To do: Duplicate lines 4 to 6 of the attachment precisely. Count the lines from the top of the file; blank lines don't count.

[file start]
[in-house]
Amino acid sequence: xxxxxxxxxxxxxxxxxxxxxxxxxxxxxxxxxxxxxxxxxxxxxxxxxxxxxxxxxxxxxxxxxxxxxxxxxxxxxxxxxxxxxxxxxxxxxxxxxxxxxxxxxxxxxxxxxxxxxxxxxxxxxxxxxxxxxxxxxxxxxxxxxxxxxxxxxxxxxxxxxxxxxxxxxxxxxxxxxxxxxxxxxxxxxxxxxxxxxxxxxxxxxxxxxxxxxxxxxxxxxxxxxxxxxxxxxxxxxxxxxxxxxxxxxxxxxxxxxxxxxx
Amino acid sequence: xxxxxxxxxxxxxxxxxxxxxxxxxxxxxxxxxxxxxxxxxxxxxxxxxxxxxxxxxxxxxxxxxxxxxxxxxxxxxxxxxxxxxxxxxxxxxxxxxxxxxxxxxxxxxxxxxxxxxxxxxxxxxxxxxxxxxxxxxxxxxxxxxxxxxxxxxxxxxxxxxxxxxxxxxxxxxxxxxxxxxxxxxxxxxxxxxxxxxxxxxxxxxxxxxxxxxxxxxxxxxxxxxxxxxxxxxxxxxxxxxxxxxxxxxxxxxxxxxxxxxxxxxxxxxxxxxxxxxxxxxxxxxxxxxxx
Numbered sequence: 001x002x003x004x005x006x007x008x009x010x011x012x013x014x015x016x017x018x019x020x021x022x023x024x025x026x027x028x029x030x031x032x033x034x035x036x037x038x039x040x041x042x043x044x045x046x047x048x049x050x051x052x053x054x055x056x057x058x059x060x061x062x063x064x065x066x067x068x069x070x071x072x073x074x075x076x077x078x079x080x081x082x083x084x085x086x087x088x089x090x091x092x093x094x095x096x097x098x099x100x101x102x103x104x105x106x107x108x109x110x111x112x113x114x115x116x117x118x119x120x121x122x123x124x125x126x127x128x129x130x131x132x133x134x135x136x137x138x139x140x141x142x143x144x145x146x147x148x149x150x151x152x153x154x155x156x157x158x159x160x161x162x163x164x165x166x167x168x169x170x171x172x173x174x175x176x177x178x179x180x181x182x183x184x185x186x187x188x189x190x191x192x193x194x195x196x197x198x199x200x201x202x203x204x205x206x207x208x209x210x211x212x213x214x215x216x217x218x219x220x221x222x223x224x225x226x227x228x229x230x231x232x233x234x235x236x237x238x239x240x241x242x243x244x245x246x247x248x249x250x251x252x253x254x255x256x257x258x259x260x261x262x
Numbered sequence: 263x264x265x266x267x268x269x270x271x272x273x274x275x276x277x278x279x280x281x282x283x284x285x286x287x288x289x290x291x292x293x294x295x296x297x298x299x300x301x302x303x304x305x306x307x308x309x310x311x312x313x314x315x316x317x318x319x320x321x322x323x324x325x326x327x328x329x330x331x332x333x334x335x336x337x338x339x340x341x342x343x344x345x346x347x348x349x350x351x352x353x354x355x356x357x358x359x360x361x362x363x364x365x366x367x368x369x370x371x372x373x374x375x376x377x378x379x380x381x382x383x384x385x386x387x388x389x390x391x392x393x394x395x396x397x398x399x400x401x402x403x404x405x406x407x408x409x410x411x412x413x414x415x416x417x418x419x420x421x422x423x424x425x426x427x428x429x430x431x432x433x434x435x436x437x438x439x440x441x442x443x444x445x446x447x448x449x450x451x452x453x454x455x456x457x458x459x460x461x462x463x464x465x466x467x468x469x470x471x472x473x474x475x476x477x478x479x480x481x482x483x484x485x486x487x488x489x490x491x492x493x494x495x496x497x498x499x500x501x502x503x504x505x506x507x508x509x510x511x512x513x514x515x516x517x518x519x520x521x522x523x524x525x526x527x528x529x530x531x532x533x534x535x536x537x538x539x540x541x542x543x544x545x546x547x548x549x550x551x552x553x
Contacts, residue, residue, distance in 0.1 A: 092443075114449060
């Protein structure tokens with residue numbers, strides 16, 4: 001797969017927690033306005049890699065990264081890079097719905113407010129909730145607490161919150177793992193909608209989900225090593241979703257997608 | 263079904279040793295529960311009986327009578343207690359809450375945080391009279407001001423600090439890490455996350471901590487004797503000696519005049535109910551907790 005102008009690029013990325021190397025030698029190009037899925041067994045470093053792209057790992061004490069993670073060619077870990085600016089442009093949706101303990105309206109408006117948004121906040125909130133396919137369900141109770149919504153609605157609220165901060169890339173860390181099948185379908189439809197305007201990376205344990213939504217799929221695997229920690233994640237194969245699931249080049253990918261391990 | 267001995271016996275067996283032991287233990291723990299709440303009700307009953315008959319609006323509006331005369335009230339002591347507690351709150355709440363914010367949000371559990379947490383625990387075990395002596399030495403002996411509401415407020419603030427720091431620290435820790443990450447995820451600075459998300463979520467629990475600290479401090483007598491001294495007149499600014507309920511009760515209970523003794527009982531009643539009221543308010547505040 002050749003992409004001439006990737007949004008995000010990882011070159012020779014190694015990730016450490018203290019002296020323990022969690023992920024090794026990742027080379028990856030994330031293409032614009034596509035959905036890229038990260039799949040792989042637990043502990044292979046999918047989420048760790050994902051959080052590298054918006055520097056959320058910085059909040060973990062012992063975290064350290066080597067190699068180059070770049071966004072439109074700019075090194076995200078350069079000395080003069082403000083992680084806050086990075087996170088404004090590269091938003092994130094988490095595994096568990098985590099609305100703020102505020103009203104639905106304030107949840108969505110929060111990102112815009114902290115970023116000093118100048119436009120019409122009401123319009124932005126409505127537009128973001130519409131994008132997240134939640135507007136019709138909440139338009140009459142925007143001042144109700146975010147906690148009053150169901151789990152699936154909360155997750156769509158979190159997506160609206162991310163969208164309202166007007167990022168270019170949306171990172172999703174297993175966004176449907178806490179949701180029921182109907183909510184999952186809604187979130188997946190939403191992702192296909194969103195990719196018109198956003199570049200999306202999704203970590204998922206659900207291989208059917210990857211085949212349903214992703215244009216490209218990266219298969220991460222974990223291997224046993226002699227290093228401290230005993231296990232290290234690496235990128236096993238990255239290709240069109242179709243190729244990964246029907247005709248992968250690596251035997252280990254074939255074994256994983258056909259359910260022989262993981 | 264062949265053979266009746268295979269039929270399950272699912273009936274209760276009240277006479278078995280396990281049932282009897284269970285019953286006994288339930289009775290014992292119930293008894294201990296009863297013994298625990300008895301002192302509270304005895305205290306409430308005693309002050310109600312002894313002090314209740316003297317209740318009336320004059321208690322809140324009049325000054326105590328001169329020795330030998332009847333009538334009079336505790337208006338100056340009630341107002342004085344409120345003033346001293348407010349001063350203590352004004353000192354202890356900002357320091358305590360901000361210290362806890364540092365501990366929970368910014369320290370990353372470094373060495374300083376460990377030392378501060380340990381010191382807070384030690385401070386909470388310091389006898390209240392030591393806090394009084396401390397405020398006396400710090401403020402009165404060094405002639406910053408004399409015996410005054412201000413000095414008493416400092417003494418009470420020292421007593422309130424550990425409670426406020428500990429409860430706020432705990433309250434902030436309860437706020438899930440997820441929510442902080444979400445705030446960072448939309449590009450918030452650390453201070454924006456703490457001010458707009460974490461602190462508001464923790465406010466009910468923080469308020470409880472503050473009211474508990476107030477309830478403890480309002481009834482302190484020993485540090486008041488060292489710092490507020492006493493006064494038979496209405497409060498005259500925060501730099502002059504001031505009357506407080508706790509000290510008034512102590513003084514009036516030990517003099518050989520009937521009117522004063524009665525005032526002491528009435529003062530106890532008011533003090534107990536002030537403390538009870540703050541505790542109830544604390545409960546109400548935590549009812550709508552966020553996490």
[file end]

Numbered sequence: 001x002x003x004x005x006x007x008x009x010x011x012x013x014x015x016x017x018x019x020x021x022x023x024x025x026x027x028x029x030x031x032x033x034x035x036x037x038x039x040x041x042x043x044x045x046x047x048x049x050x051x052x053x054x055x056x057x058x059x060x061x062x063x064x065x066x067x068x069x070x071x072x073x074x075x076x077x078x079x080x081x082x083x084x085x086x087x088x089x090x091x092x093x094x095x096x097x098x099x100x101x102x103x104x105x106x107x108x109x110x111x112x113x114x115x116x117x118x119x120x121x122x123x124x125x126x127x128x129x130x131x132x133x134x135x136x137x138x139x140x141x142x143x144x145x146x147x148x149x150x151x152x153x154x155x156x157x158x159x160x161x162x163x164x165x166x167x168x169x170x171x172x173x174x175x176x177x178x179x180x181x182x183x184x185x186x187x188x189x190x191x192x193x194x195x196x197x198x199x200x201x202x203x204x205x206x207x208x209x210x211x212x213x214x215x216x217x218x219x220x221x222x223x224x225x226x227x228x229x230x231x232x233x234x235x236x237x238x239x240x241x242x243x244x245x246x247x248x249x250x251x252x253x254x255x256x257x258x259x260x261x262x
Numbered sequence: 263x264x265x266x267x268x269x270x271x272x273x274x275x276x277x278x279x280x281x282x283x284x285x286x287x288x289x290x291x292x293x294x295x296x297x298x299x300x301x302x303x304x305x306x307x308x309x310x311x312x313x314x315x316x317x318x319x320x321x322x323x324x325x326x327x328x329x330x331x332x333x334x335x336x337x338x339x340x341x342x343x344x345x346x347x348x349x350x351x352x353x354x355x356x357x358x359x360x361x362x363x364x365x366x367x368x369x370x371x372x373x374x375x376x377x378x379x380x381x382x383x384x385x386x387x388x389x390x391x392x393x394x395x396x397x398x399x400x401x402x403x404x405x406x407x408x409x410x411x412x413x414x415x416x417x418x419x420x421x422x423x424x425x426x427x428x429x430x431x432x433x434x435x436x437x438x439x440x441x442x443x444x445x446x447x448x449x450x451x452x453x454x455x456x457x458x459x460x461x462x463x464x465x466x467x468x469x470x471x472x473x474x475x476x477x478x479x480x481x482x483x484x485x486x487x488x489x490x491x492x493x494x495x496x497x498x499x500x501x502x503x504x505x506x507x508x509x510x511x512x513x514x515x516x517x518x519x520x521x522x523x524x525x526x527x528x529x530x531x532x533x534x535x536x537x538x539x540x541x542x543x544x545x546x547x548x549x550x551x552x553x
Contacts, residue, residue, distance in 0.1 A: 092443075114449060